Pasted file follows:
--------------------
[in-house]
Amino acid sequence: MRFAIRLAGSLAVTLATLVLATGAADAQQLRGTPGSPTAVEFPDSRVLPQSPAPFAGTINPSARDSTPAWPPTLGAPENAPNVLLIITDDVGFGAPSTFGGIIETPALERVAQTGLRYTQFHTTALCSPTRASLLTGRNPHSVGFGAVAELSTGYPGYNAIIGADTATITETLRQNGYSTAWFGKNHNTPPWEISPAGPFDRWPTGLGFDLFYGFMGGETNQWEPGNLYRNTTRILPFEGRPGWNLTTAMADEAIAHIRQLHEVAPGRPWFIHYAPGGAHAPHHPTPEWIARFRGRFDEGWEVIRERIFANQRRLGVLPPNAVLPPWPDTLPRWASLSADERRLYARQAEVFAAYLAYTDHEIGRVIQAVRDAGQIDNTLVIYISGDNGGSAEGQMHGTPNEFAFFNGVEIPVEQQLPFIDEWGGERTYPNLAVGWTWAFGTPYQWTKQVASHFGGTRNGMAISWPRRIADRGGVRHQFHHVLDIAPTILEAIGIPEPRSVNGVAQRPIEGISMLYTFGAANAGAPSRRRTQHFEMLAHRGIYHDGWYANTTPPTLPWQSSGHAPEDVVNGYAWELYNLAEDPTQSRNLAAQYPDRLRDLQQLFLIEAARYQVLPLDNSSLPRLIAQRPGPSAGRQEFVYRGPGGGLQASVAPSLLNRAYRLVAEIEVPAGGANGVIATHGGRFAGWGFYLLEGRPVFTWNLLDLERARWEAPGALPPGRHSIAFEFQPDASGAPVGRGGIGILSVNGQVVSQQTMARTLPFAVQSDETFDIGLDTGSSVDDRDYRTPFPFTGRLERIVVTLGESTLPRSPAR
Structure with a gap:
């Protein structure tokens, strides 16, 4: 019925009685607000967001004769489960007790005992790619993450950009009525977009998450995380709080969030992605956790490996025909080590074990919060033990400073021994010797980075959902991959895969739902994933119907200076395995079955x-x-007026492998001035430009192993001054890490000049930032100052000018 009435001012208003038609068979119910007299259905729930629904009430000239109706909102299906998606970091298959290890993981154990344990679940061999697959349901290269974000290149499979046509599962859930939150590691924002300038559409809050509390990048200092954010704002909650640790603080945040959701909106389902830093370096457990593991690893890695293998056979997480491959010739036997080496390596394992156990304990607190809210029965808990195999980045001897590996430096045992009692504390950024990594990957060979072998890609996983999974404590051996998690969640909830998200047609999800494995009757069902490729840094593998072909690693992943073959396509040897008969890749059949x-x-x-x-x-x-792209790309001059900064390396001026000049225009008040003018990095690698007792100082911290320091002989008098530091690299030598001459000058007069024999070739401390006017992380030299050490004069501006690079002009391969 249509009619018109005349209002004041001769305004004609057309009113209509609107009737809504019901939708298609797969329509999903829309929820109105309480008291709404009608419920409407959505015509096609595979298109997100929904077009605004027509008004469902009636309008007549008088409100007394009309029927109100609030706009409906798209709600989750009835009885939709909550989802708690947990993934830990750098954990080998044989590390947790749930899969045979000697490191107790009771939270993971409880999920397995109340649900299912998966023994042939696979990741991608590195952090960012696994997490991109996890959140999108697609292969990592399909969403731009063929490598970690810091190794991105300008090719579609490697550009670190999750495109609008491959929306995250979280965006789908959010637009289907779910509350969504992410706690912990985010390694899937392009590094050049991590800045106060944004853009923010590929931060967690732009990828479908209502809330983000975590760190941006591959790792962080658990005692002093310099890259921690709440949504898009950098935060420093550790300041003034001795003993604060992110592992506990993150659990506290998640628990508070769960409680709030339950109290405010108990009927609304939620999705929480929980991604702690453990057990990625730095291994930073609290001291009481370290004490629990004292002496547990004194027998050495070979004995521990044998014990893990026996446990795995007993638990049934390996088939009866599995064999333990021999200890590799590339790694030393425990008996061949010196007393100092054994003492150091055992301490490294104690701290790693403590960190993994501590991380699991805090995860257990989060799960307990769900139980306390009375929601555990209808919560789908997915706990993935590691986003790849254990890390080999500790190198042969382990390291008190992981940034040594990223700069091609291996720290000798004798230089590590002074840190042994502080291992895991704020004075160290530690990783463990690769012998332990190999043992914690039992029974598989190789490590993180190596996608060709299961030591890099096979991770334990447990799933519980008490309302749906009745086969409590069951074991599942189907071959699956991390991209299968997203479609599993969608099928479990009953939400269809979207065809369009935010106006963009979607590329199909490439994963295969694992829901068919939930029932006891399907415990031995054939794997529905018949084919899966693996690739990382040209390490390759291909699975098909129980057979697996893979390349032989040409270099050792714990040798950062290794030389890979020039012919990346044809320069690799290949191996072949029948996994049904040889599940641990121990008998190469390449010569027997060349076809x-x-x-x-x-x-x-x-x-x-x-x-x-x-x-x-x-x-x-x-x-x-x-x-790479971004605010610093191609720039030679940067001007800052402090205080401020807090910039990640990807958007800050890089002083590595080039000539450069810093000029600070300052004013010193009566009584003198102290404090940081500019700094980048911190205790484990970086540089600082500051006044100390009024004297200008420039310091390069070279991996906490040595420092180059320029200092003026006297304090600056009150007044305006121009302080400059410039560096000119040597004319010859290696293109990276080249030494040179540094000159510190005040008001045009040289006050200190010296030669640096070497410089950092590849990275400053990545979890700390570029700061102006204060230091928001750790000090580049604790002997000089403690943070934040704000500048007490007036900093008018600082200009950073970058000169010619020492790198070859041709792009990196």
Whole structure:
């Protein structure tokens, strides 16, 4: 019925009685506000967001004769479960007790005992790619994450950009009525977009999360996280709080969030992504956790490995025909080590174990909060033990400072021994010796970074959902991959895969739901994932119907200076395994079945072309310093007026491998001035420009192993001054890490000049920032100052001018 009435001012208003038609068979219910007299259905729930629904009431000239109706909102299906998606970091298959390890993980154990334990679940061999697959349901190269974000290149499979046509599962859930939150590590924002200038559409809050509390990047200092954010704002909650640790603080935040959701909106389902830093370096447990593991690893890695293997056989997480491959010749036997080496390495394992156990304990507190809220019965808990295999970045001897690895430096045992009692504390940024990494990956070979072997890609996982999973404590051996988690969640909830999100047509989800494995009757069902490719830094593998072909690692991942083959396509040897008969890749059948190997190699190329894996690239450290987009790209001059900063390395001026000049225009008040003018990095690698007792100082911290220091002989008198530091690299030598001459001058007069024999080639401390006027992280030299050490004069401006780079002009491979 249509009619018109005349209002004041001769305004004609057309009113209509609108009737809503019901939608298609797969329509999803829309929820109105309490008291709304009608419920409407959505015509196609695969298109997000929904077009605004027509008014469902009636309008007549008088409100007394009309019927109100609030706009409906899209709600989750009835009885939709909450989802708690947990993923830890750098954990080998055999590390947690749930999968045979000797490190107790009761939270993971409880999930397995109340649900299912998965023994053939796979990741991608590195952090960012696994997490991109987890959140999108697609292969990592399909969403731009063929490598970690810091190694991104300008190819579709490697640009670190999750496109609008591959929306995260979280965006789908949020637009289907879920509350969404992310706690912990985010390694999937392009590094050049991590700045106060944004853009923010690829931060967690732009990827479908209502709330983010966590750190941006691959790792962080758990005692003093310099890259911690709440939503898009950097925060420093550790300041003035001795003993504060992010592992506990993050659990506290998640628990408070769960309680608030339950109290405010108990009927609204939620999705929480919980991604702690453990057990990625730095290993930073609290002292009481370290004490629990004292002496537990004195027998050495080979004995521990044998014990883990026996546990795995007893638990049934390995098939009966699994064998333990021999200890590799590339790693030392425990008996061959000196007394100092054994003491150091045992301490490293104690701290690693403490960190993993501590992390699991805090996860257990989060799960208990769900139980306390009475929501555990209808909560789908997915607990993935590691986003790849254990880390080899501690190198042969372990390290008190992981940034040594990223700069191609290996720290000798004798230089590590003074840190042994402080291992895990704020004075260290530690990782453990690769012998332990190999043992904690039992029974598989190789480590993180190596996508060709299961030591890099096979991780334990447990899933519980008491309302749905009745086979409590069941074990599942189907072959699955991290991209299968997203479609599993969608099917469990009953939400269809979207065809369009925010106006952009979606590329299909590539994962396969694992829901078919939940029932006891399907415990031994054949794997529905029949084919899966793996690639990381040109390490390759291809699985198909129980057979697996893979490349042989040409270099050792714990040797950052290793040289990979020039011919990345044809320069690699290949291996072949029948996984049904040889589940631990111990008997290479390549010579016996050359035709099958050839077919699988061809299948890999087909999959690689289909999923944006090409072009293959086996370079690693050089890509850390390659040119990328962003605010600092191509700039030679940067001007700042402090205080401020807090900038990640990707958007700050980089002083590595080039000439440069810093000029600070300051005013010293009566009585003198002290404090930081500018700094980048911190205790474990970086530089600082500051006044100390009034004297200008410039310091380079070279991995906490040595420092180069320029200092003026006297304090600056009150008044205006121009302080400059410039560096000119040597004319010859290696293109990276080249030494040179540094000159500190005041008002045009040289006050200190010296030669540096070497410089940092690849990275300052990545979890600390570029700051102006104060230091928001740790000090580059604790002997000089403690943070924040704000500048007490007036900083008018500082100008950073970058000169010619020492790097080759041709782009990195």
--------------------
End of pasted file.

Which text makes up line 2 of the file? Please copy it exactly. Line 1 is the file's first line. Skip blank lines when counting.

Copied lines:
Amino acid sequence: MRFAIRLAGSLAVTLATLVLATGAADAQQLRGTPGSPTAVEFPDSRVLPQSPAPFAGTINPSARDSTPAWPPTLGAPENAPNVLLIITDDVGFGAPSTFGGIIETPALERVAQTGLRYTQFHTTALCSPTRASLLTGRNPHSVGFGAVAELSTGYPGYNAIIGADTATITETLRQNGYSTAWFGKNHNTPPWEISPAGPFDRWPTGLGFDLFYGFMGGETNQWEPGNLYRNTTRILPFEGRPGWNLTTAMADEAIAHIRQLHEVAPGRPWFIHYAPGGAHAPHHPTPEWIARFRGRFDEGWEVIRERIFANQRRLGVLPPNAVLPPWPDTLPRWASLSADERRLYARQAEVFAAYLAYTDHEIGRVIQAVRDAGQIDNTLVIYISGDNGGSAEGQMHGTPNEFAFFNGVEIPVEQQLPFIDEWGGERTYPNLAVGWTWAFGTPYQWTKQVASHFGGTRNGMAISWPRRIADRGGVRHQFHHVLDIAPTILEAIGIPEPRSVNGVAQRPIEGISMLYTFGAANAGAPSRRRTQHFEMLAHRGIYHDGWYANTTPPTLPWQSSGHAPEDVVNGYAWELYNLAEDPTQSRNLAAQYPDRLRDLQQLFLIEAARYQVLPLDNSSLPRLIAQRPGPSAGRQEFVYRGPGGGLQASVAPSLLNRAYRLVAEIEVPAGGANGVIATHGGRFAGWGFYLLEGRPVFTWNLLDLERARWEAPGALPPGRHSIAFEFQPDASGAPVGRGGIGILSVNGQVVSQQTMARTLPFAVQSDETFDIGLDTGSSVDDRDYRTPFPFTGRLERIVVTLGESTLPRSPAR